Last week I discussed what I think will be the fallout from the Great Reset, when the massive amounts of global (and especially government) debt and the bubble in government promises will have to be dealt with. I think we’ll see a period of great volatility in the markets. I offered a solution for dealing with this complexity and uncertainty in the markets by diversifying trading strategies. But that diversification must reflect a rethinking of Modern Portfolio Theory, including a significant reshaping of valuations in asset classes. We’ll deal with those topics today.
This letter will cover the philosophical underpinnings of my thinking. I’ll also introduce some investment tools (which I will give you access to through a link later on in the letter) that express that philosophy, but you could also design a different answer that fits your own (or your client’s) portfolio construction.
Today I’m going to share a small sample of Peter Boockvar’s daily output. Below are three articles he published on one day – Thursday, May 11, 2017. And he does this every day, week and month and year in and out. He never fails to make cogent, interesting points about the day’s events. Think about the brainpower it takes to generate this sort of creative output every working day.
I fully intended to end my series on “Angst in America” last week, moving on to portfolio construction and what I call the Great Reset. But as I did my regular reading and research this week and reflected on it, I realized there was one piece missing from this series. That is a discussion of the angst that the Millennial generation and generations that follow are facing. And this is not just a US problem; it’s global.
The middle class is a fairly new development in economics. Up until the last century or two, most societies had a tiny wealthy elite and great masses of common laborers. We now regard having this group in the middle, not wealthy but with their own assets and spending power, as a great achievement. We don’t want to lose it, but some people fear we will.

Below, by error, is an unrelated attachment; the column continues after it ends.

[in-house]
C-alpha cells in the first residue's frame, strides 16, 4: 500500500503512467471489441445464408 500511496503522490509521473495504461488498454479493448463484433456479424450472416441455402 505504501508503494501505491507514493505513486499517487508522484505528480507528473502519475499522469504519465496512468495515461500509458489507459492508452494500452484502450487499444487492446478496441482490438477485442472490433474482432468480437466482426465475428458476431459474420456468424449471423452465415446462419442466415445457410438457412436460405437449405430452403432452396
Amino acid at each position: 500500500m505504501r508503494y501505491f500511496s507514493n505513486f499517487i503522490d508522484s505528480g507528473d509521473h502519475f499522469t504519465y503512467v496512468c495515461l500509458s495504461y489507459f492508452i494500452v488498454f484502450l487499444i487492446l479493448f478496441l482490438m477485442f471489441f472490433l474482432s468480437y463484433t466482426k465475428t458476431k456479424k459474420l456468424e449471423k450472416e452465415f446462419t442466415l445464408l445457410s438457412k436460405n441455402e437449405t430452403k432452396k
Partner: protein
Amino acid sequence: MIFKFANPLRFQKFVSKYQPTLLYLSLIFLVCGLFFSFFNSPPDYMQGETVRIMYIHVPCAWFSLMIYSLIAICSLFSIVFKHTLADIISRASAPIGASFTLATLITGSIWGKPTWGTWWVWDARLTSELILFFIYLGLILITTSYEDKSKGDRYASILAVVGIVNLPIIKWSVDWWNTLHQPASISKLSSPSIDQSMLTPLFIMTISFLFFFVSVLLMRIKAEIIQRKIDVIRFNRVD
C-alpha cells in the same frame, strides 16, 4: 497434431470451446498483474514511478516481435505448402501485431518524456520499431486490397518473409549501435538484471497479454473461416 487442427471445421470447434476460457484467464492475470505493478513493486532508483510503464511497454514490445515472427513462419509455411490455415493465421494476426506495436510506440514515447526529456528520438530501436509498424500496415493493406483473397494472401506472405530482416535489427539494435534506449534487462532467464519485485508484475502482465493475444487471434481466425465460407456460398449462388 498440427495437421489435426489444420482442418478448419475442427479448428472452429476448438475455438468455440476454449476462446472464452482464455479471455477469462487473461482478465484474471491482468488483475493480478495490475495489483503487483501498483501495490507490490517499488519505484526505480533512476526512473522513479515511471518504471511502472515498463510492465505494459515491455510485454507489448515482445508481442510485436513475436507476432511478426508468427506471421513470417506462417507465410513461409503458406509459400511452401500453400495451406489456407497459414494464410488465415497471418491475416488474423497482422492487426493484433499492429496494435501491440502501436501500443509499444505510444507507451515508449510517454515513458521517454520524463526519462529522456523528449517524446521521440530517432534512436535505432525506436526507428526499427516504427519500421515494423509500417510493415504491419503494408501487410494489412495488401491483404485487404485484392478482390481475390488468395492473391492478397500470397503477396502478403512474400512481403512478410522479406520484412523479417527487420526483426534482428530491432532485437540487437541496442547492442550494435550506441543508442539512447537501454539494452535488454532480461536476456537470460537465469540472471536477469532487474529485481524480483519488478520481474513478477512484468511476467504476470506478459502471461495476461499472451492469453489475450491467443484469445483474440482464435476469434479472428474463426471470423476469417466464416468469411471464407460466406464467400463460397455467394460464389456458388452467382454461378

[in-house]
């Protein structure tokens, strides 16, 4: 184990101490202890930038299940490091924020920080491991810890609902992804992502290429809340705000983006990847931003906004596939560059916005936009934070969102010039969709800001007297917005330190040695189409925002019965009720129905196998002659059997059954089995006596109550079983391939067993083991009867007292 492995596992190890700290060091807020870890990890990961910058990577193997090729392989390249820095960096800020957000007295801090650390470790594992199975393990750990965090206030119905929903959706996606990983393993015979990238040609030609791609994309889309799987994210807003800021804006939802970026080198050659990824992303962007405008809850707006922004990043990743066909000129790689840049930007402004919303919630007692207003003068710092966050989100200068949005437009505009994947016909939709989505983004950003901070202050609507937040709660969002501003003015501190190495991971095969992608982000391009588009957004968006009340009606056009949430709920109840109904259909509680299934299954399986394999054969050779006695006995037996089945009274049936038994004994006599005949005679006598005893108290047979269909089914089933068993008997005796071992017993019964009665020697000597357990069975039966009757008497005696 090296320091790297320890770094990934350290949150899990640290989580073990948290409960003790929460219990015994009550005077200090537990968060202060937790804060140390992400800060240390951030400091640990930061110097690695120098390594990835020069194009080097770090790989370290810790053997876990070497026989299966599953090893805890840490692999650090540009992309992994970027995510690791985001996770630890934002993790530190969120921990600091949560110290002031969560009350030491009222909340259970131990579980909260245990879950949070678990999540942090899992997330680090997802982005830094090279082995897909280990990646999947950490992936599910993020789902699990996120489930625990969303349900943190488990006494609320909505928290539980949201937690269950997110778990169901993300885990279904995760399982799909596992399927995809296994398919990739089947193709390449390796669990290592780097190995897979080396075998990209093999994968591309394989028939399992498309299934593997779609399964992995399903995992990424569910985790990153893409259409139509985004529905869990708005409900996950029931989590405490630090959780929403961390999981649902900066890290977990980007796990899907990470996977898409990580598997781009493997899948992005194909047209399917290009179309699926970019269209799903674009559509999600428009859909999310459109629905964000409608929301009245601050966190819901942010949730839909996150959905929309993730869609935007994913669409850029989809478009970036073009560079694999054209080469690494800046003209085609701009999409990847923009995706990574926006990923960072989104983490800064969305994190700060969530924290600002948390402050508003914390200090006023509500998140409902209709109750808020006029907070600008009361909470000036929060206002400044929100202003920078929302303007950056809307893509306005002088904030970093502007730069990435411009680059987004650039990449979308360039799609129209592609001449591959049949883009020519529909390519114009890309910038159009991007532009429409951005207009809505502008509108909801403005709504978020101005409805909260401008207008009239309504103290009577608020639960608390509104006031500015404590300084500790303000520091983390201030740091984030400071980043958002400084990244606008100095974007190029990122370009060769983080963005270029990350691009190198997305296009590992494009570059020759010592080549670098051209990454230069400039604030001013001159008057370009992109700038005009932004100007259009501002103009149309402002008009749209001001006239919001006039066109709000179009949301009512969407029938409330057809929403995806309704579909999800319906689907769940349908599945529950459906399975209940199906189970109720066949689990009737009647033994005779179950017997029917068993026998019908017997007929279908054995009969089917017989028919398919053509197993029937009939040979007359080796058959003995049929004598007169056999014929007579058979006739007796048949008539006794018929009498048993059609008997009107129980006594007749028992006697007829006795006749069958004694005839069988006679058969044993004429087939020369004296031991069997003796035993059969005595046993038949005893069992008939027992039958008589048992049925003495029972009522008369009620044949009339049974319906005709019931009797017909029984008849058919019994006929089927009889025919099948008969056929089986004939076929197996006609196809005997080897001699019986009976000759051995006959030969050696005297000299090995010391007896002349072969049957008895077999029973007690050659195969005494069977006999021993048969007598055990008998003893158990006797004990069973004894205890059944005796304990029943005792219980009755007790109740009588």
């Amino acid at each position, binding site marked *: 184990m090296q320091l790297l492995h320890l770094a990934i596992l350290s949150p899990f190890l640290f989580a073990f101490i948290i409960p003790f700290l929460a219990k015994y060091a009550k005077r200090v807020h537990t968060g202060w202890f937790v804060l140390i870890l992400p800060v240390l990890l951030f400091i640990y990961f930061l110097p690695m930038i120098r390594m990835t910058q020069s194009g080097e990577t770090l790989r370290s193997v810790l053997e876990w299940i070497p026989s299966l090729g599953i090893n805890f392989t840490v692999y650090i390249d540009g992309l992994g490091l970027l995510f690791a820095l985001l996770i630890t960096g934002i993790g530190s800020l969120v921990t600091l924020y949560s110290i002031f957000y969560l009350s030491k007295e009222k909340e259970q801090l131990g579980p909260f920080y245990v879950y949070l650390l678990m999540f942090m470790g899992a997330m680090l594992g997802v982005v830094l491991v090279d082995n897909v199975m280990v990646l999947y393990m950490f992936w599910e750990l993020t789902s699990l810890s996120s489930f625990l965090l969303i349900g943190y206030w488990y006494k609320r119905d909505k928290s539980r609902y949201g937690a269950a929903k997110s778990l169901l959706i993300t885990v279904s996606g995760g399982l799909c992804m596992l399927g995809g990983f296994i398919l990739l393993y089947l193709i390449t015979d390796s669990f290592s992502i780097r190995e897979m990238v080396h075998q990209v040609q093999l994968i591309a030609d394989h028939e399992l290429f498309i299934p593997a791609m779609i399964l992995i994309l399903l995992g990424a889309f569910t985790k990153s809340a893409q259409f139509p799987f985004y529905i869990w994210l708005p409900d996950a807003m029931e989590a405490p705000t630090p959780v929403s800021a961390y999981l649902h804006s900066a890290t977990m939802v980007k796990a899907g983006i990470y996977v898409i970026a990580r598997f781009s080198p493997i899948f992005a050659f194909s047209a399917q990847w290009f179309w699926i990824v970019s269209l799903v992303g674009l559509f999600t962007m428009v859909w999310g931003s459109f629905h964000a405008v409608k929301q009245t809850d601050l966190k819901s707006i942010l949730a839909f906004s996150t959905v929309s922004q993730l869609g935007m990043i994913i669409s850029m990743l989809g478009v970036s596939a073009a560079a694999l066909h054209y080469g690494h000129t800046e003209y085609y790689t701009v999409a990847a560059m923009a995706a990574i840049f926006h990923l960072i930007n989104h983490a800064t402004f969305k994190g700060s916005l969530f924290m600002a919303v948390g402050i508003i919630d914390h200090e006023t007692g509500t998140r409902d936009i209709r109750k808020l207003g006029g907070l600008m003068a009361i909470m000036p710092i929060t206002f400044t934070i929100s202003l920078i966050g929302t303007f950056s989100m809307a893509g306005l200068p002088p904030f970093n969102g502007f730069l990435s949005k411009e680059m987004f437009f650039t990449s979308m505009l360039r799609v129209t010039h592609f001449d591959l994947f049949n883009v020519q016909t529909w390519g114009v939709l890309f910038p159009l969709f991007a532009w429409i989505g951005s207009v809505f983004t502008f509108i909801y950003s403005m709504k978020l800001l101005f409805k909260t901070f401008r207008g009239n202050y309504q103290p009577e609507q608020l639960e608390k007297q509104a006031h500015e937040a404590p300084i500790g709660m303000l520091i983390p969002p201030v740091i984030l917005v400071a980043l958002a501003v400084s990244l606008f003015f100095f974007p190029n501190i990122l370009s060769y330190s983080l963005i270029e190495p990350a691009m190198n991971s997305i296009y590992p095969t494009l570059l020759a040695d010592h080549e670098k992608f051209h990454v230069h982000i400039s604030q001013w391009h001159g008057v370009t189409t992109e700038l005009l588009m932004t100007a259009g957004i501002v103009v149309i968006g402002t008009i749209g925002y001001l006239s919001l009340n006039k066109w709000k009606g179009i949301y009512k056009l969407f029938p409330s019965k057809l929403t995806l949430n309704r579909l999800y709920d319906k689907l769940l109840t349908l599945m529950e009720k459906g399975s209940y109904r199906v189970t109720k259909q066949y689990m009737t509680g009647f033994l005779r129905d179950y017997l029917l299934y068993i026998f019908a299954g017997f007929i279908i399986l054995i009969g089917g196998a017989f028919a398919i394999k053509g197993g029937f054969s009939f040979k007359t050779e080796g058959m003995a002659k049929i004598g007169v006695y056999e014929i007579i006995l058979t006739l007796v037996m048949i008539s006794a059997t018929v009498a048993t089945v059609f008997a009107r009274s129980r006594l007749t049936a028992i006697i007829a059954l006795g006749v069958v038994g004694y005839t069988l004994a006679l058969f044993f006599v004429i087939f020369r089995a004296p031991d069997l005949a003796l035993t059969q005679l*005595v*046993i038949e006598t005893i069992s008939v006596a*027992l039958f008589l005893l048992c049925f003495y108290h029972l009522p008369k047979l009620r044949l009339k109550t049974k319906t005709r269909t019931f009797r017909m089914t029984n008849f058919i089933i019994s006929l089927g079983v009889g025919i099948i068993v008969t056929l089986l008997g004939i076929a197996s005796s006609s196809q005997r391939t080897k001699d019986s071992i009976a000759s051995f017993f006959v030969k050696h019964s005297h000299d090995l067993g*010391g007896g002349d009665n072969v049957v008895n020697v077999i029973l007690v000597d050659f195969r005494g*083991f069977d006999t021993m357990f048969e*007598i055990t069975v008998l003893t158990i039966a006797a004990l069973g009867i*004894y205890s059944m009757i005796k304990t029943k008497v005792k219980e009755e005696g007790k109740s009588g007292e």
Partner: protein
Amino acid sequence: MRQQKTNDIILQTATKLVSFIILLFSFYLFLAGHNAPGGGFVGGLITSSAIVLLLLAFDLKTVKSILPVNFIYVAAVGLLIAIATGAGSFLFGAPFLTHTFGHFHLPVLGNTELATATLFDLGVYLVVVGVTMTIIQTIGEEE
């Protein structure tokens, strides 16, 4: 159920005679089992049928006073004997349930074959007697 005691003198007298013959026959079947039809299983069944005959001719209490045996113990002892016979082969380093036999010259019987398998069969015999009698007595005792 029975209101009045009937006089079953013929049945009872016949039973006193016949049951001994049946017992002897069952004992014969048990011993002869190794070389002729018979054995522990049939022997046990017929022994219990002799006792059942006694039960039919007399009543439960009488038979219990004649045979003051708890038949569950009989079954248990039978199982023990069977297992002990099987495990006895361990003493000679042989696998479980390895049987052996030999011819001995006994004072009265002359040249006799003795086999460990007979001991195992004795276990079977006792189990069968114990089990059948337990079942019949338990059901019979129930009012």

There is one problem that is very definitely coming our way that I really don’t think we can Muddle Through and where even the middle-of-the-road scenarios are terrible, and that’s the public pension crisis. I really see no way it can end well. It’s going to hurt just about everyone.
Today, in what will be the first of at least two and possibly more letters focusing on pensions, we’ll begin to examine that angst in more detail. The mounting problems of US and European pension systems are massive on a scale that is nearly incomprehensible.
Yes, active management has had its collective head beaten bloody for the past few years; and the proclivity for passive investing may persist a lot longer than any of us imagine, driving markets higher than many of us believe possible; but I think the stampede into passive investment is going to end up painfully, at the bottom of a cliff, for many investors.
Today we continue looking at angst in America, the financial worries that so afflict us here in the world’s largest economy and by extension in much of the developed world. We may be the envy of the world in some ways, but we also have no shortage of stress. Today we’ll look at some data on retirement savings – or lack thereof.
I have been promising a review of Nicholas Eberstadt’s very important book, Men Without Work: America’s Invisible Crisis. The book is relatively short at 216 pages, but it is packed with meaty facts and insights.